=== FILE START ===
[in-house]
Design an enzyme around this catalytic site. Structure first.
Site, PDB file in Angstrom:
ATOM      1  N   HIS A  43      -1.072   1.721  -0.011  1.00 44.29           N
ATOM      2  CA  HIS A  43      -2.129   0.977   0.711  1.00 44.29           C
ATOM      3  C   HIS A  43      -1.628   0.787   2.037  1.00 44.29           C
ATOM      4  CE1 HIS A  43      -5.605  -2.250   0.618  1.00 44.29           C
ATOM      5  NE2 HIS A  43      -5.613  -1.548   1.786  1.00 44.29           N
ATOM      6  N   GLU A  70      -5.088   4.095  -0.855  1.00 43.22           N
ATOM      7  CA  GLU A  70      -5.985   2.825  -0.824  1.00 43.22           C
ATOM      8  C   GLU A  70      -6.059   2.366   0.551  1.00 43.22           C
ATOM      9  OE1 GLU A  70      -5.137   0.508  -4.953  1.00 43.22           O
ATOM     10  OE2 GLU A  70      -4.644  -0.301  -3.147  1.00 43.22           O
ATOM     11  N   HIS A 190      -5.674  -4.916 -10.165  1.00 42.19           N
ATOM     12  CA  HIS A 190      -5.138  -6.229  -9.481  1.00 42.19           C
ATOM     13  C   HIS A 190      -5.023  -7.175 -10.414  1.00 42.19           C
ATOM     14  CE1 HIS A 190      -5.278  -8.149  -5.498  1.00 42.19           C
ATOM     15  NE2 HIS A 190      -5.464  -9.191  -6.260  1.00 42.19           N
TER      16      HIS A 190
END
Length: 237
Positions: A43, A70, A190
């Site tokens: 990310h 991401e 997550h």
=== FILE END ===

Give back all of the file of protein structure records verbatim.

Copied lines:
[in-house]
Design an enzyme around this catalytic site. Structure first.
Site, PDB file in Angstrom:
ATOM      1  N   HIS A  43      -1.072   1.721  -0.011  1.00 44.29           N
ATOM      2  CA  HIS A  43      -2.129   0.977   0.711  1.00 44.29           C
ATOM      3  C   HIS A  43      -1.628   0.787   2.037  1.00 44.29           C
ATOM      4  CE1 HIS A  43      -5.605  -2.250   0.618  1.00 44.29           C
ATOM      5  NE2 HIS A  43      -5.613  -1.548   1.786  1.00 44.29           N
ATOM      6  N   GLU A  70      -5.088   4.095  -0.855  1.00 43.22           N
ATOM      7  CA  GLU A  70      -5.985   2.825  -0.824  1.00 43.22           C
ATOM      8  C   GLU A  70      -6.059   2.366   0.551  1.00 43.22           C
ATOM      9  OE1 GLU A  70      -5.137   0.508  -4.953  1.00 43.22           O
ATOM     10  OE2 GLU A  70      -4.644  -0.301  -3.147  1.00 43.22           O
ATOM     11  N   HIS A 190      -5.674  -4.916 -10.165  1.00 42.19           N
ATOM     12  CA  HIS A 190      -5.138  -6.229  -9.481  1.00 42.19           C
ATOM     13  C   HIS A 190      -5.023  -7.175 -10.414  1.00 42.19           C
ATOM     14  CE1 HIS A 190      -5.278  -8.149  -5.498  1.00 42.19           C
ATOM     15  NE2 HIS A 190      -5.464  -9.191  -6.260  1.00 42.19           N
TER      16      HIS A 190
END
Length: 237
Positions: A43, A70, A190
């Site tokens: 990310h 991401e 997550h």